Interview with Type Four: Eric Nevins

teddy-kelley-98551-unsplash.jpg“I have a habit of letting my imagination run away from me. It always comes back though . . . drenched with possibilities.” ― Valaida Fullwood

I love talking to Type Fours, (because I have a Four Wing and I’m so special!) but I especially love Type Four men because they are super interesting. When thinking about society in America, the outstanding qualities of a Four aren’t much encouraged. Someone who identifies as male, who can make space for pain, who lives authentically, who feels the full spectrum of emotion, who dives into the deep questions of life, and who can love imagination and creativity…these are not qualities the Western world deems worthy in men. And yet, these attributes in men are SO NEEDED! I’m convinced, the more men get in touch with their emotional lives and their authentic selves, the more healthy society will be.

I’m excited to hear from you, Eric. Welcome!

1. Emotions are dominant for Fours as part of the Heart Triad. How do emotions affect your daily life? Work, friendships, partnership, kids?

Emotions are huge for us in our family. It took me a long time to understand my emotions and to accept them as part of who I am, but not the definition of who I am. When I worked for a big company, my emotions would get in the way as I struggled to explain why I had feelings about particular decisions. In a dull, boring financial firm my feelings were not convincing arguments. That felt pretty bad. Once I learned that my emotions are indicator lights that should make me explore deeper, it became easier to express my feelings and find my voice. This is true with my wife and children as well. On good days I’m able to set aside my emotions and attend to theirs. On bad days, well, let’s just say the feels are everywhere.

2. Are you a parent? How does your Type influence parenting? 

I am the father of a girl and three boys. Being a Type Four parent means I’m the fun dad who gets on the floor and wrestles, plans a surprise, or encourages them to use their imagination. One of my strengths is that I am able to see my children’s creativity and encourage it. My daughter wants to be a writer. My parents never would have encouraged me to go into the arts for a living. But I tell my daughter to go for it as long as she understands the business as well as the art. My kids get the benefit of belief in their creative ability. On the downside, I can also be quite moody and emotional. Sometimes, I have days when I am in the dumps and simply do not want to hear them. I imagine that it feels arbitrary for them and hope they do not equate my emotions with having to earn love from me.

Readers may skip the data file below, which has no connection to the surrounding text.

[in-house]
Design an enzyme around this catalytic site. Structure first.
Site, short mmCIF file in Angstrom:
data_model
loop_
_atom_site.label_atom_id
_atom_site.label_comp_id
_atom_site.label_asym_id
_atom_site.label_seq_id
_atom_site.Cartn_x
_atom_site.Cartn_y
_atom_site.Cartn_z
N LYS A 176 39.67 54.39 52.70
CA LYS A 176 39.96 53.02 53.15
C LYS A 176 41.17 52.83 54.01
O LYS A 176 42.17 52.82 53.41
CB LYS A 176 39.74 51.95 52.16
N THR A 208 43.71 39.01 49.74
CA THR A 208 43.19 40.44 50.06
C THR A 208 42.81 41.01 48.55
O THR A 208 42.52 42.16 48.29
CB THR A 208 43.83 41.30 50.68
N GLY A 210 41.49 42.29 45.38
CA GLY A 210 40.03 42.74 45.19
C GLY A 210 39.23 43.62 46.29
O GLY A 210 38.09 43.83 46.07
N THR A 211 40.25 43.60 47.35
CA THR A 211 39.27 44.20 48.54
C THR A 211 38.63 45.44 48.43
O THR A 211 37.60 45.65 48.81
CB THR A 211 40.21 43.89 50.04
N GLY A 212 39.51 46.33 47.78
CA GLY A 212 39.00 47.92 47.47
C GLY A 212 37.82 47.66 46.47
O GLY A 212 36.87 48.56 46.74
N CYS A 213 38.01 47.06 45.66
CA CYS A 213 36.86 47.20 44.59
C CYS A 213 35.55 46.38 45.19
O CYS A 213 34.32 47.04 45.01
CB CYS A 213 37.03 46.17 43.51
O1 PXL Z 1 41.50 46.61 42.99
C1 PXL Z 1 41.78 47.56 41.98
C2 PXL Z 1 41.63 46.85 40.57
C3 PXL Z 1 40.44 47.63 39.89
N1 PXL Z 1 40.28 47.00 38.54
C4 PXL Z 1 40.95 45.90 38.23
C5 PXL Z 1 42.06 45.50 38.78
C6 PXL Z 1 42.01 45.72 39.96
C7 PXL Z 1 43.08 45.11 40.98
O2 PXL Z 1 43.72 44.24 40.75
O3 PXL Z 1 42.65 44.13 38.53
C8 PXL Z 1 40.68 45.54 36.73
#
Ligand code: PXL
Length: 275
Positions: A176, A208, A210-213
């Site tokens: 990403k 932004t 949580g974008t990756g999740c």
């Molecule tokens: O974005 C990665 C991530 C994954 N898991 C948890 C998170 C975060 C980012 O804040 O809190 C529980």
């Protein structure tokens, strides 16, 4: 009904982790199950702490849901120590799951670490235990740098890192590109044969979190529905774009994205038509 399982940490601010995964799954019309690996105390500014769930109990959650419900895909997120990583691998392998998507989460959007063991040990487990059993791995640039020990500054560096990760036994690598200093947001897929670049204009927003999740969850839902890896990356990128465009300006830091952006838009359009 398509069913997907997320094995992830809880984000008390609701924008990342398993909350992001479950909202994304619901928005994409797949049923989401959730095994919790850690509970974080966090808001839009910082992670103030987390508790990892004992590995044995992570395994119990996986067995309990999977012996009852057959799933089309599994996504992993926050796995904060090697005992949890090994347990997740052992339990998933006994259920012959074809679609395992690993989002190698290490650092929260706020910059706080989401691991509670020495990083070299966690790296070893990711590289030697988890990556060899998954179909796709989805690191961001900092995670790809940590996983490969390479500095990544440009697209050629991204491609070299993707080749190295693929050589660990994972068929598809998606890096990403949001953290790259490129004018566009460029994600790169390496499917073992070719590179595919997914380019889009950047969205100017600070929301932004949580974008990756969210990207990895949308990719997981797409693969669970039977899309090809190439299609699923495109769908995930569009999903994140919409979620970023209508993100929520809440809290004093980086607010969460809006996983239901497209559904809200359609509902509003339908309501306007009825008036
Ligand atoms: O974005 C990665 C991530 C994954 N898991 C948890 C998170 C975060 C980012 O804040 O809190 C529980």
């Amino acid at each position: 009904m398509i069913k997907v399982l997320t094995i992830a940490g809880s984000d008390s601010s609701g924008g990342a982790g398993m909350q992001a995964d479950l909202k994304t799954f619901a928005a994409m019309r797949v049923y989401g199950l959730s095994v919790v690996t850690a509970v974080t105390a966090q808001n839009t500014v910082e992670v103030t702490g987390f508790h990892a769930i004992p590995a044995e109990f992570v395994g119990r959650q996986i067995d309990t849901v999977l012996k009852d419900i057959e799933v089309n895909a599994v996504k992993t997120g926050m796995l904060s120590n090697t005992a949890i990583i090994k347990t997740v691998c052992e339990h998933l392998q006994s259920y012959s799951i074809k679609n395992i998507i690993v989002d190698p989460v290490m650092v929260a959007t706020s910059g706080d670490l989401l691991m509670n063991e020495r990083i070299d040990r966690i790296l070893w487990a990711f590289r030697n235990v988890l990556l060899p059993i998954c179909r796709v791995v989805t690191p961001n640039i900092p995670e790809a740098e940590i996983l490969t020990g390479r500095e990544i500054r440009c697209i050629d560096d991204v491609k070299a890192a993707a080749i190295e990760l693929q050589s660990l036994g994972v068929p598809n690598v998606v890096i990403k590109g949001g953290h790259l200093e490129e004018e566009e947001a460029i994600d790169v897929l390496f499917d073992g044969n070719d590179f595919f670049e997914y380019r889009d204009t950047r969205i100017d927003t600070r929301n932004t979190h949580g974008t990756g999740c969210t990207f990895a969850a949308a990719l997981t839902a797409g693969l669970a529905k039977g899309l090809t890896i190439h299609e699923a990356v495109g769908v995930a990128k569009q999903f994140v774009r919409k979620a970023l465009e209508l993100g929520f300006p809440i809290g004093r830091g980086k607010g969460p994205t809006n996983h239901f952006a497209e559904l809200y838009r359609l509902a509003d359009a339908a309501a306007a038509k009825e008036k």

3. What happens when you’re stressed and go along your Arrow to Type Two? What happens when you’re in a healthy place and go along your Arrow to Type One?

Interesting question! For years, I thought of myself as a Type Two. I was a helper, a shepherd, but never satisfied. I guess I was just stressed all the time. But it does come in handy when there is stress in the home, and I can see the needs and help find a resolution. I’m still trying to figure out what it’s like to move to a Type One. I love it when I’m working on a project and tweaking every detail to make it just so. Maybe that’s moving in the right direction. One thing I’ve had to learn, though, is the value of iteration. Expecting perfection on the first try held me back for many years. Once I allowed that I could try, learn, and get better, the lid came off, and I’m working in my zone of genius more.

4. How does Envy play out in your interactions with people? Do you find yourself comparing your life, experiences, career, etc. to others?